“I really appreciate your interest in the project and also your initiative. It would be great to have you on our team.”

What! Wait a minute…appreciate it! I was expecting many forms of NO; instead, he “appreciated” my initiative.

Generous with his time/compliment

With his “appreciation,” I became his new team member on the project I wanted to work on.  

Many great adjectives to describe my boss: decisive, curious, open, articulate, and generous. Within these qualities, I associate him with generosity the most.

He always described his team as “illustrious” when he introduced the team to other people: other project teams, clients, 

I did not feel particularly “illustrious” working on the project. There were mistakes made and corrected, things had to change, and feeling stuck in the face of design issues I could not resolve… 

All of us in the team knew we did not deserve the description, illustrious.  (Ok, maybe some did)

However, our boss always used the “I” word.  

Photo by Kevin Malik on Pexels.com

With his generous compliment, I wanted to live up to his expectation. (I am pretty sure other team members felt that also). I wanted my work to be at the level deserving “illustrious” comment. I strived to produce the work to a higher level.  

It was no longer the “minimal, just get done” sentiment I had with previous projects I worked on.  

Although I did not have many interactions with him once the project started, I was aware of his trust in the team, including yours truly. 

We all wanted to be the “illustrious” team members our boss thought we were. 

Leads with truthfulness

I witnessed his authentic leadership during one of those all-nighters we had to prepare for the client meeting the following morning. We have worked on the project for several months, constantly making changes and updates and wishing for the presentation time to pass.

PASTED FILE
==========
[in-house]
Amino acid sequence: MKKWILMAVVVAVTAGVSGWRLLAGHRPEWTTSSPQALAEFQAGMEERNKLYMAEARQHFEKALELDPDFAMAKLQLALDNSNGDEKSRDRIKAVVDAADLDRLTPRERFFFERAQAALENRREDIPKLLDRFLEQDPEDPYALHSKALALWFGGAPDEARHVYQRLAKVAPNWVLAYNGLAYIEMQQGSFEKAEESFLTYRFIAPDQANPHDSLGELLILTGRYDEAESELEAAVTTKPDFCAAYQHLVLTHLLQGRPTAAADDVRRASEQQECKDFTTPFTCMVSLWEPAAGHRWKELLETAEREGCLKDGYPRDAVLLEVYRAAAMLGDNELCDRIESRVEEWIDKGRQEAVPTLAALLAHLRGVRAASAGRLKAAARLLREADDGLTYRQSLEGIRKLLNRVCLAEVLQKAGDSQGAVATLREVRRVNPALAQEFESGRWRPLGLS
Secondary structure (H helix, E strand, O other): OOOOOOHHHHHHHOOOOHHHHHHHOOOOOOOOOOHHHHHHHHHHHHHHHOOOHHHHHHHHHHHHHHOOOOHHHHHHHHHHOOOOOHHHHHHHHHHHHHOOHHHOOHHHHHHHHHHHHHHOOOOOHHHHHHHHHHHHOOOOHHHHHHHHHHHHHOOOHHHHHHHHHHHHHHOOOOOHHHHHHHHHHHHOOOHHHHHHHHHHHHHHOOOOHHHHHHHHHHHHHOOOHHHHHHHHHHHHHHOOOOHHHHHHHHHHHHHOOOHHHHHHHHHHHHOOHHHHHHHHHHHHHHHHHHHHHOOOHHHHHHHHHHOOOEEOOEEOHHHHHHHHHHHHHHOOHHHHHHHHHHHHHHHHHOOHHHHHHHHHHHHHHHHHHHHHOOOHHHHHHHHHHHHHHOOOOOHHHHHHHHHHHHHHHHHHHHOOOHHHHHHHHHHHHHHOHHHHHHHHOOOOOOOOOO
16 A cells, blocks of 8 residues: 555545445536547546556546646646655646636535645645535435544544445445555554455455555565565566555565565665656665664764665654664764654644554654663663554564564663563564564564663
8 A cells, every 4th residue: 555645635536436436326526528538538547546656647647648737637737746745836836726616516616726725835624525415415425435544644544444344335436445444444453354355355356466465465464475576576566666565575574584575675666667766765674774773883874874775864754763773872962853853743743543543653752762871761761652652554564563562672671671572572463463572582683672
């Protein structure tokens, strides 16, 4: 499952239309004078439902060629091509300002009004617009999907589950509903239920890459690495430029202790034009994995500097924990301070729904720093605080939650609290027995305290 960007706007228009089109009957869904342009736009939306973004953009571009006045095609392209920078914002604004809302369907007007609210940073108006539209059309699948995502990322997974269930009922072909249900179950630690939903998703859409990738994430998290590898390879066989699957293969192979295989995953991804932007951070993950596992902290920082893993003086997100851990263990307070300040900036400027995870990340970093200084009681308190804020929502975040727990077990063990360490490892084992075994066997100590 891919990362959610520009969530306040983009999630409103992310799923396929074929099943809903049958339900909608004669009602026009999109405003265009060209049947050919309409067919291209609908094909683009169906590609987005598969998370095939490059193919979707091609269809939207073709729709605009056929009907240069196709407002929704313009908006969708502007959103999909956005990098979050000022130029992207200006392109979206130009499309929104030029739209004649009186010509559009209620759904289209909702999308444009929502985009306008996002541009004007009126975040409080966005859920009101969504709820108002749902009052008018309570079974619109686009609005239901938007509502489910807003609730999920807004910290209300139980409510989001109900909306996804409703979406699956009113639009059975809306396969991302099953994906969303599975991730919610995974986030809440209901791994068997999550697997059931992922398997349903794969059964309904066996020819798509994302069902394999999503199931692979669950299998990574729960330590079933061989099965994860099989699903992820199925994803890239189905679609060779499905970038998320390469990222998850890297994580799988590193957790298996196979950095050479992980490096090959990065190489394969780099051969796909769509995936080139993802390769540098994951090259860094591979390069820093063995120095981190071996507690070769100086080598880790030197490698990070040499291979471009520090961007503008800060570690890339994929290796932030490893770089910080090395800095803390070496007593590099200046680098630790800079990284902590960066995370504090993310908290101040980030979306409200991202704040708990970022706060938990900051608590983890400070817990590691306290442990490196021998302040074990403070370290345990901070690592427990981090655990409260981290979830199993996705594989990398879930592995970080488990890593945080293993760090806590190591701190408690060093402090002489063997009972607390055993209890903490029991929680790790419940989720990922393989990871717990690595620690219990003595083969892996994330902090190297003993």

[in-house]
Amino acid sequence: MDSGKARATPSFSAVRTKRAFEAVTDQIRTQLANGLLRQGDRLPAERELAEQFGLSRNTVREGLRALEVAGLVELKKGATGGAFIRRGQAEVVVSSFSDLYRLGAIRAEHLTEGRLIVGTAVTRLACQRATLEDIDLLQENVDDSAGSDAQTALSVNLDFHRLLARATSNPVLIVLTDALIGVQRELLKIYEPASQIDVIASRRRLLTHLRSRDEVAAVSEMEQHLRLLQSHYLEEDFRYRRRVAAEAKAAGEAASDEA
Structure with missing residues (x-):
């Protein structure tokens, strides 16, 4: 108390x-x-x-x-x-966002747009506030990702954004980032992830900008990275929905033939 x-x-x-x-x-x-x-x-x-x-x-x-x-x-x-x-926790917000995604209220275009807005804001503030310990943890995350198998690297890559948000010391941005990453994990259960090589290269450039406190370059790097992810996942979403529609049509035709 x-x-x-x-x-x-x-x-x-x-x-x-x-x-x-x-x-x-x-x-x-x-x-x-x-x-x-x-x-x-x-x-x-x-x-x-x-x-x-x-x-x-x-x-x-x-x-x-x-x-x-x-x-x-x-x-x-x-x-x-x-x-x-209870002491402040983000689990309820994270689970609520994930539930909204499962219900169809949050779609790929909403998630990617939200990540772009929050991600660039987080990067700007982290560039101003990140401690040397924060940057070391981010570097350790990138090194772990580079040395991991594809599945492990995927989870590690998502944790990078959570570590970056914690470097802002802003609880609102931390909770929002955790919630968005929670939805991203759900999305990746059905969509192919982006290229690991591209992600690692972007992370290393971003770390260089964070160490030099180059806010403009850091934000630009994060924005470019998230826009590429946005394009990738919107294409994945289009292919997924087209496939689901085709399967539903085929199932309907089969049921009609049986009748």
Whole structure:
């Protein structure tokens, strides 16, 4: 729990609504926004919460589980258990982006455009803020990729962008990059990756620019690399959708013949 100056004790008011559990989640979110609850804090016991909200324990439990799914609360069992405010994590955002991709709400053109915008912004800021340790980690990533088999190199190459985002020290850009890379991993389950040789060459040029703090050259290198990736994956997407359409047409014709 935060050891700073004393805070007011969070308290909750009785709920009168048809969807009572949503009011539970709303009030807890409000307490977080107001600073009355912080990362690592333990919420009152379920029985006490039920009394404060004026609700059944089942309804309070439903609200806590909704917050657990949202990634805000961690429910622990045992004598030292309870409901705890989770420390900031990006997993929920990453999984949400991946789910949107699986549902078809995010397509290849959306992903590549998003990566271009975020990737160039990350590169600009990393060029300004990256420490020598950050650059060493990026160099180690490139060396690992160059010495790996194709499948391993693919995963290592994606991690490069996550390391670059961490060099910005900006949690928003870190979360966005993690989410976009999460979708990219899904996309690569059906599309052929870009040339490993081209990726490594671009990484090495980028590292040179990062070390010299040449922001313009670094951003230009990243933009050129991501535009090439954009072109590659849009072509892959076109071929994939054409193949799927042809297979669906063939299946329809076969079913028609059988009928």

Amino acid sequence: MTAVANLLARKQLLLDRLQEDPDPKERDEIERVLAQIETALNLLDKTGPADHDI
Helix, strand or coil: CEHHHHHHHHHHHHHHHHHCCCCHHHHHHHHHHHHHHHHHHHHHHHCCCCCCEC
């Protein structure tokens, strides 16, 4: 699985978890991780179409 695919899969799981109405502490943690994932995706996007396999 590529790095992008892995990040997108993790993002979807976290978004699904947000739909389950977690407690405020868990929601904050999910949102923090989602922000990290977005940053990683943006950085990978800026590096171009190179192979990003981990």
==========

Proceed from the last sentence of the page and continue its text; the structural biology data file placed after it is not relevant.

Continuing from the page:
Photo by RODNAE Productions on Pexels.com

While All of us were working late one night, planning for another takeout dinner option, our boss showed up with pizza boxes. He told us he could not stay home preparing presentations since he was nervous. He thought it would be better to practice presentations with us and get feedback on his presentations.

Besides, he said it would be fun to have dinner together to get out of the stress we have been feeling.  

The time I met him for the first time in his office, I was utterly blown away by his genuine approach to people’s relationships.  

Not only admitting that he was nervous about the presentation and also wanting to get feedback from his employees (including his junior staff) blew me away. 

With his vulnerability, we all became ONE team who wanted the project and the presentation to succeed. While munching on our pizza, we “slowly” shared feedback on his presentation skills.  

At one point, I raised my hand to point out that certain parts of the presentation needed more explanations for better client comprehension.  

With his “excellent point” comment in my direction, he started practicing the presentation with my feedback incorporated.  

While seeing him practice the presentation in front of us, I felt the unfamiliar and energetic feeling of us truly becoming the ONE team.  

I wanted him to nail the presentation the following day. It was no longer HIS presentation but OURS, and we were all looting for him to succeed.   

Final Thought

Quiet quitting is not a new phenomenon. 

It is not only about younger generations and their new ways of working. The concept existed in the past, although the number of people willing to practice it might be smaller. 

Work challenges tend to be not about work itself, but rather it is about people. It is about interactions and relationships among people who create difficulties and challenges and can lead to wanting to quit our jobs.

Therefore, it is wrong to assume that Quiet Quitting has to do with generation differences. Still, the underlying reason is the universal dilemma about people’s interactions and relationships. 

As we all are experiencing many changes in this new time, the human relationship in the work setting remains the same.  

Personally, it just took an act of courage to “knock on the door,” which led me to find a fantastic boss to prevent my quiet quitting.